The majority of reports state that the output of British prisoners cannot compare with that of Germans. Production reports indicate, too, that the unwillingness of the British to work has a bad effect on other foreign workers, and leads to a general slowing up of production.

Broadly speaking, the British do just enough work to avoid being penalised; their poor production is also partly due to the fact that the German guards do not carry out their duties with sufficient energy. This creates a certain bitterness among the German workers, who point out that the British are stronger than they, better fed, and have more staying power.

A report from Gorlitz says "The output of British prisoners is very bad. It is about 50 percent lower than the output of the German worker, although the British are undoubtedly healthier." In a Grax factory, the "go-slow" policy of the British reached such a point that many of them were taken off work and sent back to their camps.

Examples were quoted of prisoners simply walking away and refusing to work - or doing their work so badly that it constituted a danger.

Thus, some prisoners working on a railway truck were sent away to their camp, for fear that the bad quality of their work would result in the derailment of trains.

"Swinging the lead" is another means employed by the British to slow down production. It often happens that 50 percent of the prisoners are on the sick list at the same time.


It is reported that British prisoners of war have been showing of late marked solidarity with Russian, and in some cases French prisoners. The prisoners make signs to each other, and the British often give the Russians the Communist clenched fist salute. An official gave an account of two adjacent camps near his home which contained British and Russian prisoners respectively. At first the Russians used to file past the British camp in silence. After a time, the British used to gather together to watch the Russians go by, and bombard them with cigarettes.


It is also worthy of note that, especially in agricultural work, the British frequently succeed in lodging complaints with their guards without consulting their employer. The guards themselves say that [the] British frequently complain about them, and that they have no chance to defend themselves. "It often happens", says a report from Gras, "that guards are arrested on the strength of a British complaint."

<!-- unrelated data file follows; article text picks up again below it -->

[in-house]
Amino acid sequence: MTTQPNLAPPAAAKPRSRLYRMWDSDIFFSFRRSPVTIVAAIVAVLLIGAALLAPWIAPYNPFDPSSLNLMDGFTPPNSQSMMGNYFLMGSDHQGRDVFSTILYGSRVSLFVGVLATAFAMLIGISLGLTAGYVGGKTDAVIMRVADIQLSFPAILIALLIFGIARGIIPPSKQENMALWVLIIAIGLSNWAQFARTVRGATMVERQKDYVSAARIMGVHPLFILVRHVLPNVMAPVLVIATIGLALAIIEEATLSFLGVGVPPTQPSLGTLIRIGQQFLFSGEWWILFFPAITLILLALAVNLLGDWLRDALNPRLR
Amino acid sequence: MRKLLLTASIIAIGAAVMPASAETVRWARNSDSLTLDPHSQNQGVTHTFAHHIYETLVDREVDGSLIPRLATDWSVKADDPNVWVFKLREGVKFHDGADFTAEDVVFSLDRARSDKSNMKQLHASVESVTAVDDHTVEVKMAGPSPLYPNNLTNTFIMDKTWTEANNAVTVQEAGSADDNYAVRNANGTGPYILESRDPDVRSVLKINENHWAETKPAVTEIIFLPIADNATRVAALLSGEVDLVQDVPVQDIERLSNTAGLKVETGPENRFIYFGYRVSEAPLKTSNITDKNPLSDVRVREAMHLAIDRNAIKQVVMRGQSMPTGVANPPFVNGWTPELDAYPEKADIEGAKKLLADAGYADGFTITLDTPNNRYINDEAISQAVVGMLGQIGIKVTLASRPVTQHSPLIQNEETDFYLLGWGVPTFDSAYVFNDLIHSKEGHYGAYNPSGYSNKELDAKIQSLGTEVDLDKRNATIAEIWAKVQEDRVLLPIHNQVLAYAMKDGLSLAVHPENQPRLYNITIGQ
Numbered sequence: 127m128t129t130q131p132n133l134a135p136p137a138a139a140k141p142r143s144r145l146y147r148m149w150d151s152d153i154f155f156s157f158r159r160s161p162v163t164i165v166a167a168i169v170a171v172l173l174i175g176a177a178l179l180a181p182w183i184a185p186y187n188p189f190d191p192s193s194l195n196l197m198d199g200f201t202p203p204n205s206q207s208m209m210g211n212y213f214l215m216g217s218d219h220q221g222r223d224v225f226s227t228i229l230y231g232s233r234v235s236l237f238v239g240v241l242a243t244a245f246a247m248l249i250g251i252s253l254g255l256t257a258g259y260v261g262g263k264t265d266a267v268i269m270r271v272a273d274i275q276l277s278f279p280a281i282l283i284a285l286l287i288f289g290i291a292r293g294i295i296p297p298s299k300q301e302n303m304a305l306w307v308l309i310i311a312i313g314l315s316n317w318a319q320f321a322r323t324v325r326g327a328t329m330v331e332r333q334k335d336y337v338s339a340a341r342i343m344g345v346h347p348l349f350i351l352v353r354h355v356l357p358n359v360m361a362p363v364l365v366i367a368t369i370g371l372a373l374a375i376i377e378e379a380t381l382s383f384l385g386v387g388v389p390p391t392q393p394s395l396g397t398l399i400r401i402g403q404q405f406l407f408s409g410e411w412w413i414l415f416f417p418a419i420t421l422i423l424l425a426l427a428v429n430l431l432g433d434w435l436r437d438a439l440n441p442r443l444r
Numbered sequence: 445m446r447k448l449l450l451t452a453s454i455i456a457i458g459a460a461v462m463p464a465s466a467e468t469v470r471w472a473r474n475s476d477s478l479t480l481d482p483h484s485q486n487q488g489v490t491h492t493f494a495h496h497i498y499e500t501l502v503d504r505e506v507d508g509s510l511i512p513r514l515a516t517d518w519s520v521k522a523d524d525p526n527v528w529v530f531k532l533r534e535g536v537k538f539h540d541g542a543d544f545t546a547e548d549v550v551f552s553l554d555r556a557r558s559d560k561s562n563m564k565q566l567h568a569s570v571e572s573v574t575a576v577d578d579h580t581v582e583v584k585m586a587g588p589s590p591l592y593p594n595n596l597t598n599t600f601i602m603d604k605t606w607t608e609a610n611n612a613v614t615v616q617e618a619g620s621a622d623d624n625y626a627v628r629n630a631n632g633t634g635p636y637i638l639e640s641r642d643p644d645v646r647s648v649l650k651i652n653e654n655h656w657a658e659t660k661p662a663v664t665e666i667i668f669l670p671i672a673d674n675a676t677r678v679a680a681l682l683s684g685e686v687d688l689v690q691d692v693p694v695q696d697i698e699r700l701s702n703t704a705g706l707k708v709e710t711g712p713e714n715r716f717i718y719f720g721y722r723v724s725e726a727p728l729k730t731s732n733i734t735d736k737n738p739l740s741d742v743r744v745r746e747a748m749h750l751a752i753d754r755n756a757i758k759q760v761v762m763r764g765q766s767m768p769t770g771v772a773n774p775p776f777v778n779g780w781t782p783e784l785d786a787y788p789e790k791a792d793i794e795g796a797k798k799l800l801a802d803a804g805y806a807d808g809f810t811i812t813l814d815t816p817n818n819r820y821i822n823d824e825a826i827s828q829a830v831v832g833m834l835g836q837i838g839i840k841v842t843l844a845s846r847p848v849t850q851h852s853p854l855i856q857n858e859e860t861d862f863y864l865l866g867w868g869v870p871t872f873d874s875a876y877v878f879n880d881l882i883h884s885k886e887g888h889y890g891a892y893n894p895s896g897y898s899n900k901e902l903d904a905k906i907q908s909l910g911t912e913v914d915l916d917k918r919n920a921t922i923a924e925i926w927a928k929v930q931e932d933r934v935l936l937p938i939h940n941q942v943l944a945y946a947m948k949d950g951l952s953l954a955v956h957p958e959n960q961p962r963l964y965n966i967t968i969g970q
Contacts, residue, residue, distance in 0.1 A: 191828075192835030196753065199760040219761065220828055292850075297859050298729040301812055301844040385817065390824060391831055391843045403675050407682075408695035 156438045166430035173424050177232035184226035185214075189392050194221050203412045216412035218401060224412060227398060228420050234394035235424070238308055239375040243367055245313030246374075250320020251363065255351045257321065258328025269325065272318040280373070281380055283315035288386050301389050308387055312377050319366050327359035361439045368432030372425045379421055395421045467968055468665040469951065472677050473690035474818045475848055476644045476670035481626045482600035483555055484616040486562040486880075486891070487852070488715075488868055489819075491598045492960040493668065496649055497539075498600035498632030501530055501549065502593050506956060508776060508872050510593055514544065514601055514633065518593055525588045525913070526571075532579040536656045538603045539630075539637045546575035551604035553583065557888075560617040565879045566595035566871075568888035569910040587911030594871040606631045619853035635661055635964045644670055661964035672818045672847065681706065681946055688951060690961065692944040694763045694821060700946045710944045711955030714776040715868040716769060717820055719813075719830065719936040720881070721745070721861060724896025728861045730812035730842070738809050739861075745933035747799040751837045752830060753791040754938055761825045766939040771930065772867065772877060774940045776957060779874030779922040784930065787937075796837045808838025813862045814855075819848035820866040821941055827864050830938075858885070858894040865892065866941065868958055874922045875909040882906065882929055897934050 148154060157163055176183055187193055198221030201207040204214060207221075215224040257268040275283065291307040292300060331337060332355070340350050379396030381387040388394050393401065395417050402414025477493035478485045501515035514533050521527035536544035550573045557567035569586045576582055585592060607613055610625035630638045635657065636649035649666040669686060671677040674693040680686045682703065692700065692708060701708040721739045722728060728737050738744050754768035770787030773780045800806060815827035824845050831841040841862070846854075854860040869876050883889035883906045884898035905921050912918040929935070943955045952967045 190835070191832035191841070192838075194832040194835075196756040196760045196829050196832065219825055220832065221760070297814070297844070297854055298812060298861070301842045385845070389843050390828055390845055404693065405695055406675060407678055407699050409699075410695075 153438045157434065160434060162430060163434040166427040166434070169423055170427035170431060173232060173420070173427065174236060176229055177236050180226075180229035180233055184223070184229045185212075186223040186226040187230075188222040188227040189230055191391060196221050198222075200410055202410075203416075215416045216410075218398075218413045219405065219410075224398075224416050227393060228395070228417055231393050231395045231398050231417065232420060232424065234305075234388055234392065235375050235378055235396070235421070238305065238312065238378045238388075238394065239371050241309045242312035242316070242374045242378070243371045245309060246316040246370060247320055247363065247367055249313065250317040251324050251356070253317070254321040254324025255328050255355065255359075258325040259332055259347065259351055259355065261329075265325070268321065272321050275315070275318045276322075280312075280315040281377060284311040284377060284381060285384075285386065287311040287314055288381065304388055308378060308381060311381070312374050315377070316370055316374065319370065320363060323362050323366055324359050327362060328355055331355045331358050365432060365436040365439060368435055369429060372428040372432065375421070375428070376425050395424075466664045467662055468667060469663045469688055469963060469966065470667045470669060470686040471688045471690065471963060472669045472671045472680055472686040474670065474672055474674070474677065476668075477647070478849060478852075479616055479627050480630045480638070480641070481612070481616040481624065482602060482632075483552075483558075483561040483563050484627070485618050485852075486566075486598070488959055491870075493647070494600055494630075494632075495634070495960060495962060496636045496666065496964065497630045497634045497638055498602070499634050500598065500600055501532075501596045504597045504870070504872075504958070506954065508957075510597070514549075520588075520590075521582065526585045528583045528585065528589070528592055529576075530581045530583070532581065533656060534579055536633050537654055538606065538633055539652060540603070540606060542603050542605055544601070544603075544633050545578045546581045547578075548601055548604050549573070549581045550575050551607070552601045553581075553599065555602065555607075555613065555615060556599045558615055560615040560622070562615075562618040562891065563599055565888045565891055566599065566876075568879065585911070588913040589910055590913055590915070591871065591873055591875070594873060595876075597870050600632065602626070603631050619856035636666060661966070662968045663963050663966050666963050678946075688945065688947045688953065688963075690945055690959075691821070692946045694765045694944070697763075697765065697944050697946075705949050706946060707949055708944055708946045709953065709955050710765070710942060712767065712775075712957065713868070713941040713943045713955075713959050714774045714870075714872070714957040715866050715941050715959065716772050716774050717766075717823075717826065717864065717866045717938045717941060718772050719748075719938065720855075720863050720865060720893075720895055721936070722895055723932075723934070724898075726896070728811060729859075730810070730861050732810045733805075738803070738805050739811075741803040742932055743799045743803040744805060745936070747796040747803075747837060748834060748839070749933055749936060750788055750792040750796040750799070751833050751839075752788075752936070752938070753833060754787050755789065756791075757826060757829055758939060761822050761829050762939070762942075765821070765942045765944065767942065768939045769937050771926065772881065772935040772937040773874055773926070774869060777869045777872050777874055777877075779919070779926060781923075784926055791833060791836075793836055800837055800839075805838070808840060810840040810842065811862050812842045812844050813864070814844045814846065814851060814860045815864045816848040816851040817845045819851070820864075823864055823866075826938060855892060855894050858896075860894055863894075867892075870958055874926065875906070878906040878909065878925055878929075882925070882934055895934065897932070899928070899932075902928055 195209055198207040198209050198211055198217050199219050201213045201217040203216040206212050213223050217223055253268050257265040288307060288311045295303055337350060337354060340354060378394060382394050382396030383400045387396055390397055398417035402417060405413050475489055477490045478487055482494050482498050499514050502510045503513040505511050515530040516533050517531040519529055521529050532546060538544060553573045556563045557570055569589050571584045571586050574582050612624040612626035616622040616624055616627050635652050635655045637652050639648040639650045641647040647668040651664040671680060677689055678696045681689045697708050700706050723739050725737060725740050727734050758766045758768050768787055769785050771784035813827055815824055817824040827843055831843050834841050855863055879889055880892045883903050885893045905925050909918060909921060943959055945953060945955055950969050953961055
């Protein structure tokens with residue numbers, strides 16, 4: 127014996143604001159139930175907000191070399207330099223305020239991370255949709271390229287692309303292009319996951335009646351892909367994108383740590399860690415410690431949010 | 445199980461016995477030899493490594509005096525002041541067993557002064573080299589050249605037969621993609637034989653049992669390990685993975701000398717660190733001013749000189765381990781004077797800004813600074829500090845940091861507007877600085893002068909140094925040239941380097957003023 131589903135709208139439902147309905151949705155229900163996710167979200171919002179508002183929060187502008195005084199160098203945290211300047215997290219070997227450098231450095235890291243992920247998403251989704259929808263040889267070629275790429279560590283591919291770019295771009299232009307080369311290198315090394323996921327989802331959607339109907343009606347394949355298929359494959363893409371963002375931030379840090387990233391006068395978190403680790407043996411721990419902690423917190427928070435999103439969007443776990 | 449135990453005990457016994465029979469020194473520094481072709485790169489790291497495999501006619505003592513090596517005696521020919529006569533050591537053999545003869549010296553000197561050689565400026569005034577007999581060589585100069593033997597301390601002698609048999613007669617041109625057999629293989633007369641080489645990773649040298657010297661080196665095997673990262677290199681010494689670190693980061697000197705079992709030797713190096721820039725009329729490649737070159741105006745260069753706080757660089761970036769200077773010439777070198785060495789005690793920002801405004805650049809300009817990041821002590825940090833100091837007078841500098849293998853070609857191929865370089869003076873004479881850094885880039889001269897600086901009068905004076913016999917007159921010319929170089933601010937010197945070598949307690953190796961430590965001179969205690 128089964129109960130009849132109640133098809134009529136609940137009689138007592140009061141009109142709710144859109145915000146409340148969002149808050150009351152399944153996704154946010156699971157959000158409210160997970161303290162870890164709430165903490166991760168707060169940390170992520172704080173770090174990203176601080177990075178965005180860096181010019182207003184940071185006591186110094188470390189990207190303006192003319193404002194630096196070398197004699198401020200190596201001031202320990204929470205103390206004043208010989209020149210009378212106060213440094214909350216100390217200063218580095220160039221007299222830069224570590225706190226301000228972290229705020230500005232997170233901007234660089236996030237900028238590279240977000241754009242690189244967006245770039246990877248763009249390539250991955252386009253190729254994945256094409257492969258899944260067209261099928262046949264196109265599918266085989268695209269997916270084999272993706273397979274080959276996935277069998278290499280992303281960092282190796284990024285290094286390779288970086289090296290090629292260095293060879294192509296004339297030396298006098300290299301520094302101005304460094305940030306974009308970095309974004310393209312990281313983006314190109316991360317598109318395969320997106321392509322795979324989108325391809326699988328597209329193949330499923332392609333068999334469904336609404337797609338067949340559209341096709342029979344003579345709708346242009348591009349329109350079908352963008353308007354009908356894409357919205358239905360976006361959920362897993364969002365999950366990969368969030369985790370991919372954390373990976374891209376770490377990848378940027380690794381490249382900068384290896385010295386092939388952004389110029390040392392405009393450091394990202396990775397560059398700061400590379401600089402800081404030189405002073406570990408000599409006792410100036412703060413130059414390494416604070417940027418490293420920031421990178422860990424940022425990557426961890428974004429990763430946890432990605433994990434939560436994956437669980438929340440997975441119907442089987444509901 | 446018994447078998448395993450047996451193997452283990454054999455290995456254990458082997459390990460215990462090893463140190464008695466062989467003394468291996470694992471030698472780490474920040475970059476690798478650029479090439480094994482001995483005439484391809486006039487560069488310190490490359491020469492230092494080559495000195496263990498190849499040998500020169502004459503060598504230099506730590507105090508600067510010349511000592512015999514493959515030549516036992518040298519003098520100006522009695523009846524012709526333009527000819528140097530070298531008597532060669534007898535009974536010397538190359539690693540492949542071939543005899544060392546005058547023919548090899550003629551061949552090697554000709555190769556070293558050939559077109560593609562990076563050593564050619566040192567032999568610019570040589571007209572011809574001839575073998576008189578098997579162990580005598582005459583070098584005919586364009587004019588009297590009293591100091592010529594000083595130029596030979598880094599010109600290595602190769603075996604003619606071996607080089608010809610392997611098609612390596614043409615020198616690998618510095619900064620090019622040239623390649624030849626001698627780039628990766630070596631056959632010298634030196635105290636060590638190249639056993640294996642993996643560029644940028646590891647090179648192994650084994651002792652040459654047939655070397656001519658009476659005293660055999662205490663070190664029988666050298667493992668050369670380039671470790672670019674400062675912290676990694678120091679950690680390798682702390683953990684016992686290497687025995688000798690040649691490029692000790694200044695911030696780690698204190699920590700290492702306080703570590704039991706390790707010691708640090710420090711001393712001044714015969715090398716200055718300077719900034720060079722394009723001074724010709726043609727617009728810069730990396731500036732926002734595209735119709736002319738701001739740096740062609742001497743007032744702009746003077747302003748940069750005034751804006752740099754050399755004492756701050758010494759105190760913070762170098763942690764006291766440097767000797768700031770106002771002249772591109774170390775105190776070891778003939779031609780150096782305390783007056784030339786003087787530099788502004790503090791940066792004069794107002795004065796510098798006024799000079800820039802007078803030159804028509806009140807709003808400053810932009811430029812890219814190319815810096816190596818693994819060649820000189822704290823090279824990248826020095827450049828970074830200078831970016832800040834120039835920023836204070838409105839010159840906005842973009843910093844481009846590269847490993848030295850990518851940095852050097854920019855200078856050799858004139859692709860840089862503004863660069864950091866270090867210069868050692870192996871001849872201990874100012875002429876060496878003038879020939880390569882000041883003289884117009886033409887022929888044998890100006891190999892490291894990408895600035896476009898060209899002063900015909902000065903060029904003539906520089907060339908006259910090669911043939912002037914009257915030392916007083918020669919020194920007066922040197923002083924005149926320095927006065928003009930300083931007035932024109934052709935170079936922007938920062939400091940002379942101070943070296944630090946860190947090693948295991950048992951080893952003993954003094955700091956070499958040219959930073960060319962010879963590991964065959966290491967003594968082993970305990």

A guard N.C.O. wrote: "It's no wonder the British get cheeky, as the officers listen to their complaints privately, and simply send the German soldiers out of the room. The only thing we don't have to do is to stand to attention in front of the goddam British. When that happens, I'll stick a bullet in my head."


German opinion is influenced to no small extent by seeing the gifts of food sent to the British. Their parcels consist largely of articles which have for a long time been in short supply in Germany. The British realise the propaganda value of these gifts and take every opportunity of bragging about them. Such remarks as "Oh, that's nothing - England's full of stuff like this" often has the desired effect on the Germans. The prisoners receive from home ample supplies of chocolate, sausage, tinned meat, ham, etc., and in the work interval they consume them as ostentatiously as possible. The German worker looks on and draws his own conclusion. Considerable ill feeling arose among the German workers of the stone-breaking quarries at Holzkirch when they saw the good food the British had. "We're expected to do double shifts on bread and margarine" they said, "while the 'Herren Englander' are too idle for words, and think of nothing but guzzling." Eventually an order was brought out forbidding British prisoners to bring their food to work with them.

The German authorities, too, make concessions to British prisoners; this the German workers simply cannot understand. Beer is often available in the prison camp canteens, while Germans cannot find beer even in the inns. In a camp near Dresden, a barrel of beer was emptied by the British to celebrate the conclusion of the African campaign. This made the German workers in the camp very angry; one of them wrote: "The Germans can just work till they bust, as long as the prisoners of war get all their little luxuries."


British prisoners used for agricultural work are particularly arrogant to the local population. The situation is especially intolerable on farms where the prisoners are working for the farmer. Here the Englishman feels lord of the manor, is waited on hand and foot, accepts no orders, and does exactly as he likes. The prisoners are particularly well treated by the womenfolk, who believe the political prophesies of the British and think it clever to ingratiate themselves. It is quite clear that the farmers are afraid of their prisoners, and affected by their arrogance. In this connection the authorities have been requested to use British prisoners only in industrial plants or on farms where there is adequate male supervision.

To sum up, the British tradition of behaving as Herrenvolk is kept up by the prisoners of war. Their presence in Germany is thoroughly demoralising, since their behaviour not only typifies a nation which is racially akin to ours, strong, and absolutely sure of victory - but also has given rise to discussions about the futility of a war between two nations of the same stock.

[Source: TNA WO 208/3242, transcribed by www.arcre.com]